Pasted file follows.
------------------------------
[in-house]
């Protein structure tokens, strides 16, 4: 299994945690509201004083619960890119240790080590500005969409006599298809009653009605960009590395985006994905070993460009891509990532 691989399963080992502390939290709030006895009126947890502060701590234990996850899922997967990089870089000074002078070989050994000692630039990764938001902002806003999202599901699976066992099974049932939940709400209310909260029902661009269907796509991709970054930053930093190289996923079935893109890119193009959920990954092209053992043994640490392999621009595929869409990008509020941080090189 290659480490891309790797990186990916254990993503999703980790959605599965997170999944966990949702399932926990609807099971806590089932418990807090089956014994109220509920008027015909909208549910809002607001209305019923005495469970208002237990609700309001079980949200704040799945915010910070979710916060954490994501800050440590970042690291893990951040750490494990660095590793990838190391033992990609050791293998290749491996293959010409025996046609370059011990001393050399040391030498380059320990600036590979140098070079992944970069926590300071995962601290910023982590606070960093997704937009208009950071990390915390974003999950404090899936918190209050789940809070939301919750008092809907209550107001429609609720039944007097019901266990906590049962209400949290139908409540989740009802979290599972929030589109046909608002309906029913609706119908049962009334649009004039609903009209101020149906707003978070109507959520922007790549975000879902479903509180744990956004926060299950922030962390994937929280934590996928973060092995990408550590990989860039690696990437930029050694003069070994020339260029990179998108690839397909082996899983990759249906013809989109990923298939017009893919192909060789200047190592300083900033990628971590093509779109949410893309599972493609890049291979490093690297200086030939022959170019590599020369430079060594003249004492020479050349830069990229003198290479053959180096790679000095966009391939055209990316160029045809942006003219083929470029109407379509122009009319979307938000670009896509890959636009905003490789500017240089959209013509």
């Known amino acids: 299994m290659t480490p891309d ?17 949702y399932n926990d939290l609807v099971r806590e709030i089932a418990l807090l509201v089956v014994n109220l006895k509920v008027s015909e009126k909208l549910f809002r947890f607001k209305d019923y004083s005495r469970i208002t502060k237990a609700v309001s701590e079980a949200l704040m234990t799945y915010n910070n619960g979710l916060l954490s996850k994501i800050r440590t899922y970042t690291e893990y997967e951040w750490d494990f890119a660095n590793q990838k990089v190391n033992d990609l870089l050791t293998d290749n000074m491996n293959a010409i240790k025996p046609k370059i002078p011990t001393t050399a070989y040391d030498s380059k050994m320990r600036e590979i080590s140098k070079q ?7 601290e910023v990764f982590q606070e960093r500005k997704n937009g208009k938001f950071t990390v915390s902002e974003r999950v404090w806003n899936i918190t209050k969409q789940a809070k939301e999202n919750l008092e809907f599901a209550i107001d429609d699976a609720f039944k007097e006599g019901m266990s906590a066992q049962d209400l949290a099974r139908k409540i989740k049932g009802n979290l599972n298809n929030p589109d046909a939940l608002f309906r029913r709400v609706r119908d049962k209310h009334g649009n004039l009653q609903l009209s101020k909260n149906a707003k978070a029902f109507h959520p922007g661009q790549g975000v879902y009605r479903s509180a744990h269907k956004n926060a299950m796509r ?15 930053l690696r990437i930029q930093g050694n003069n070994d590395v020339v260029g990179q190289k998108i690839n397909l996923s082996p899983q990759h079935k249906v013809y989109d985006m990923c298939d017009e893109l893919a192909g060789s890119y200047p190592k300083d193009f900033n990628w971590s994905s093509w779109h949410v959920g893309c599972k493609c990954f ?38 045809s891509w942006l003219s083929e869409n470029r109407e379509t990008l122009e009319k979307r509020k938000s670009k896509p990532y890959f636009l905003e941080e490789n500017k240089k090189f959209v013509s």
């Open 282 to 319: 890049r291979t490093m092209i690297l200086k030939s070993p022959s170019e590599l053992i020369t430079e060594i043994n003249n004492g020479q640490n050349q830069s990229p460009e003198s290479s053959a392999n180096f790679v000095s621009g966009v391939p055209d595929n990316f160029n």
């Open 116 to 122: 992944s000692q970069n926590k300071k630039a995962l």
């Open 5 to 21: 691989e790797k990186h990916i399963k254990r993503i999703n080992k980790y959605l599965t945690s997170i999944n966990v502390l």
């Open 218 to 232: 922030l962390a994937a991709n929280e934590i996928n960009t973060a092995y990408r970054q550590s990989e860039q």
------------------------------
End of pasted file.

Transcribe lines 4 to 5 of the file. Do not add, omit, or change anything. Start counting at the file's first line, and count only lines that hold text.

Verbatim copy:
């Open 282 to 319: 890049r291979t490093m092209i690297l200086k030939s070993p022959s170019e590599l053992i020369t430079e060594i043994n003249n004492g020479q640490n050349q830069s990229p460009e003198s290479s053959a392999n180096f790679v000095s621009g966009v391939p055209d595929n990316f160029n």
């Open 116 to 122: 992944s000692q970069n926590k300071k630039a995962l």